Refugee without a country to compete under Olympic flag in London
By Armando Botello II | Fourth-Place Medal – 

Yesterday, Guor Marial was a gifted athlete. Today, Marial is an Olympian with less than a week to prepare for his just confirmed trip to London.
The South-Sudanese refugee qualified for the Olympics last October after meeting the Olympic “A” standard with a run of 2 hours, 14 minutes and 32 seconds at the 2011 Twin Cities Marathon. All that was missing after that display of talent was a country to represent in the Olympics.
The International Olympic Committee (IOC) requires athletes to be full citizens of the countries they represent. Though Marial has lived in the U.S. for 11 years, he has yet to gain full citizenship and his status as a permanent resident isn’t enough to allow him to wear red, white and blue at the games.
"Technically, I was supposed to be a citizen last June, because I did everything, I did my citizen test, I did my interview, I did my fingerprints, and everything was all set. All I needed to do was to go to their office and get my passport and do the ceremony. That was in June 2011, but there has been a security background check…and that’s what took everything longer," Marial said this week in an interview with Runner’s World.
Marial was born in what is now the Republic of South Sudan, a newly independent country without a National Olympic Committee, an IOC requirement for nations to be able to compete in the games.
With no country to represent, Marial began petitioning the IOC to run as an independent participant under the Olympic flag.
"It would be great for the people of South Sudan for me to run as an independent," Marial told the New York Times last week. “And the U.S. because that’s where I discovered running. It would be great for the whole world.”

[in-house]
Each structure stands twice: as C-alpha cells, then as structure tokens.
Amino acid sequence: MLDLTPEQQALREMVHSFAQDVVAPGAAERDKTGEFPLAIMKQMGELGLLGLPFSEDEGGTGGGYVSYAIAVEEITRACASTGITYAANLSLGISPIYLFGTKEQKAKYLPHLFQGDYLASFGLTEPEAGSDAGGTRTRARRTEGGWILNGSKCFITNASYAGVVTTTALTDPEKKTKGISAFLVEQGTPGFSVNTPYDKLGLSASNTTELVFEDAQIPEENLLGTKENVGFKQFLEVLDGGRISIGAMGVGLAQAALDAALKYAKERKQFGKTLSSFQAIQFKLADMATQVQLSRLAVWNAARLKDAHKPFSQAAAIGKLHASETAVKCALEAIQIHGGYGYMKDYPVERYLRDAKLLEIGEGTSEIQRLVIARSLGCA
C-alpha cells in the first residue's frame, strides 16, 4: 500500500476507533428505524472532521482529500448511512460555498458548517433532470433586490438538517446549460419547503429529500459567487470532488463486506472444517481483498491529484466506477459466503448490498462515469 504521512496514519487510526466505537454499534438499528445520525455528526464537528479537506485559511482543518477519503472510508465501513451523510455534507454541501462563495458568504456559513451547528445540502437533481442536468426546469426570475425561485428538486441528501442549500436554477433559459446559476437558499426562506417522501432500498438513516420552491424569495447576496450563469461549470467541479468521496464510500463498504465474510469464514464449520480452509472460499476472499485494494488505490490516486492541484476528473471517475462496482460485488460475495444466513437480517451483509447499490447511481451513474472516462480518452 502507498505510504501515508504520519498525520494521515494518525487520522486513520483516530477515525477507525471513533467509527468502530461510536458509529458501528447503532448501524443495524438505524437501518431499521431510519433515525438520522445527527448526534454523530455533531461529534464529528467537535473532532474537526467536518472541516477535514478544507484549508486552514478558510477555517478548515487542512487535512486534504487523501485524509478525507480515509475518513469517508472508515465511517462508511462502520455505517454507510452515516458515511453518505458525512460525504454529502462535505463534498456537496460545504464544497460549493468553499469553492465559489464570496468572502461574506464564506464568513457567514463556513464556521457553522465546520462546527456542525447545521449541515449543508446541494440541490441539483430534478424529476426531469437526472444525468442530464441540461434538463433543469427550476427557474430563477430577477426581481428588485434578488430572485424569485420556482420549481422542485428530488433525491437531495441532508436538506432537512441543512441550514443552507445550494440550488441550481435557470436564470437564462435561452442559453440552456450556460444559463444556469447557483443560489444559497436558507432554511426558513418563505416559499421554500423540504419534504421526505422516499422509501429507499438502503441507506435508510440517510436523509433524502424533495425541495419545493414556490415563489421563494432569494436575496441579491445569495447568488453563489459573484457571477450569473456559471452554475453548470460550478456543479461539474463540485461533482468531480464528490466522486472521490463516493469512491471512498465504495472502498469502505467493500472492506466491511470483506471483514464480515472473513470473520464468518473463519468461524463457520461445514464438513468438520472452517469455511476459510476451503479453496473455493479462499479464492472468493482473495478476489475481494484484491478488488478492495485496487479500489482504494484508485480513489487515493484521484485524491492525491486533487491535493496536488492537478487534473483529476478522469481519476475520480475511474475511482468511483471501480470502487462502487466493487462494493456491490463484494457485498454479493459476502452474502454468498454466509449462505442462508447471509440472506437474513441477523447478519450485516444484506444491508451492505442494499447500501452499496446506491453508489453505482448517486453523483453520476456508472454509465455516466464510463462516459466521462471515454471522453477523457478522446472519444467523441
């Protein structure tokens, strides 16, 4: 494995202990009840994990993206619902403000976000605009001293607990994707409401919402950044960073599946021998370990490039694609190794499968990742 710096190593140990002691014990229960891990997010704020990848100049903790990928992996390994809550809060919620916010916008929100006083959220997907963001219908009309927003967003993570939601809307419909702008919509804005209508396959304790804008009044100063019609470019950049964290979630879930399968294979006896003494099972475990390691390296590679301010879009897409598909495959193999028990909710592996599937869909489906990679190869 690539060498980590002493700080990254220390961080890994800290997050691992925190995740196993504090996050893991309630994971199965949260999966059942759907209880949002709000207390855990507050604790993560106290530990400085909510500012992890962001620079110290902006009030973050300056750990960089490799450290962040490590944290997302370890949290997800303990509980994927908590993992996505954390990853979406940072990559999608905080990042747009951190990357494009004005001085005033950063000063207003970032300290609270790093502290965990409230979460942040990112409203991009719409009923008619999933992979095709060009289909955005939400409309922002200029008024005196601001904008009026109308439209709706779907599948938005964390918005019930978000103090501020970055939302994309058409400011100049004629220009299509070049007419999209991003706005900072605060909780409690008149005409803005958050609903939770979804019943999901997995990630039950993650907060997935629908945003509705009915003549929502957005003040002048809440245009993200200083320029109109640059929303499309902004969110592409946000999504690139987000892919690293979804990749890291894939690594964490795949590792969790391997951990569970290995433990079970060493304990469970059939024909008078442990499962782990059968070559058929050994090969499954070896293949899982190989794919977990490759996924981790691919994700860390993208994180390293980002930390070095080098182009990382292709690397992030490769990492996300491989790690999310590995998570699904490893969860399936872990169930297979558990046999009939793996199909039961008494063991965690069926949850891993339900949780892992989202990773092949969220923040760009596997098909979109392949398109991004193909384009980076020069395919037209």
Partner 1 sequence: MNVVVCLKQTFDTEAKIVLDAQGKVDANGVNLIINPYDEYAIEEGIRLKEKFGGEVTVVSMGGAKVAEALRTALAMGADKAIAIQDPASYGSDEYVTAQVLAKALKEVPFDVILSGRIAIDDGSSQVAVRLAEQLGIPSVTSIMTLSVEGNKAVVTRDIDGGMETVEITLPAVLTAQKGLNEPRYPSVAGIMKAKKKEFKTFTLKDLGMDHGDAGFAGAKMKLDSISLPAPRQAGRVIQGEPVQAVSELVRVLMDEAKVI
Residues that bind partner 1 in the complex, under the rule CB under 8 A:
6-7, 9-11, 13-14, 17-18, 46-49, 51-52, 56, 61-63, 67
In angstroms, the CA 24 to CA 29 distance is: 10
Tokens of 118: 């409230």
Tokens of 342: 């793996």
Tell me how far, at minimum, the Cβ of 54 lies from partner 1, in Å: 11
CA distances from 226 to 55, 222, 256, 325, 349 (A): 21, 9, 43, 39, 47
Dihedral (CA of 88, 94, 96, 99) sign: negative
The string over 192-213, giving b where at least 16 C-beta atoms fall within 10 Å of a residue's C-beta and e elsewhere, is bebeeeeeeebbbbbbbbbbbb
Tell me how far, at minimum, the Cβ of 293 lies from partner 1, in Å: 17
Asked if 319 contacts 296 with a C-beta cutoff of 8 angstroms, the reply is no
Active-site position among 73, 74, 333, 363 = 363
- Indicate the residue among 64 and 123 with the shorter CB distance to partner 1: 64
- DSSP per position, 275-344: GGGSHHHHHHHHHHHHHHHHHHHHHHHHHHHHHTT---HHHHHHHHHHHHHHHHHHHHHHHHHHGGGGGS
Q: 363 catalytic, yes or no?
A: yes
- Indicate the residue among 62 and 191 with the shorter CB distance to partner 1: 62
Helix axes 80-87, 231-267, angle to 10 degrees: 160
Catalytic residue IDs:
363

Many others saw his plight the same way.
A change.org petition titled “Allow South Sudanese runner Guor Marial to compete in the Olympics Marathon" was set up and received nearly 3,500 signatures. And in a letter to IOC President Jacques Rogge requesting that Marial be allowed to compete in the London Games as an independent participant, Refugee International President Michel Gabaudan wrote, “At its 123rd session in July of last year, the IOC granted independent status to athletes from the Netherlands Antilles after its National Olympic Committee was dissolved, in order to “preserve as much as possible the interests of the athletes.” Qualified athletes from South Sudan, including Mr. Marial, deserve equal treatment, and the IOC should act to grant him an Olympic berth without delay.”
Early this morning, Marial found out the IOC will allow him to run in the Olympic marathon as an independent participant under the Olympic flag.
"The voice of South Sudan has been heard," Marial told The Associated Press. “The South Sudan has finally got a spot in the world community. Even though I will not carry their flag in this Olympic Games, the country itself is there.
"The dream has come true. The hope of South Sudan is alive."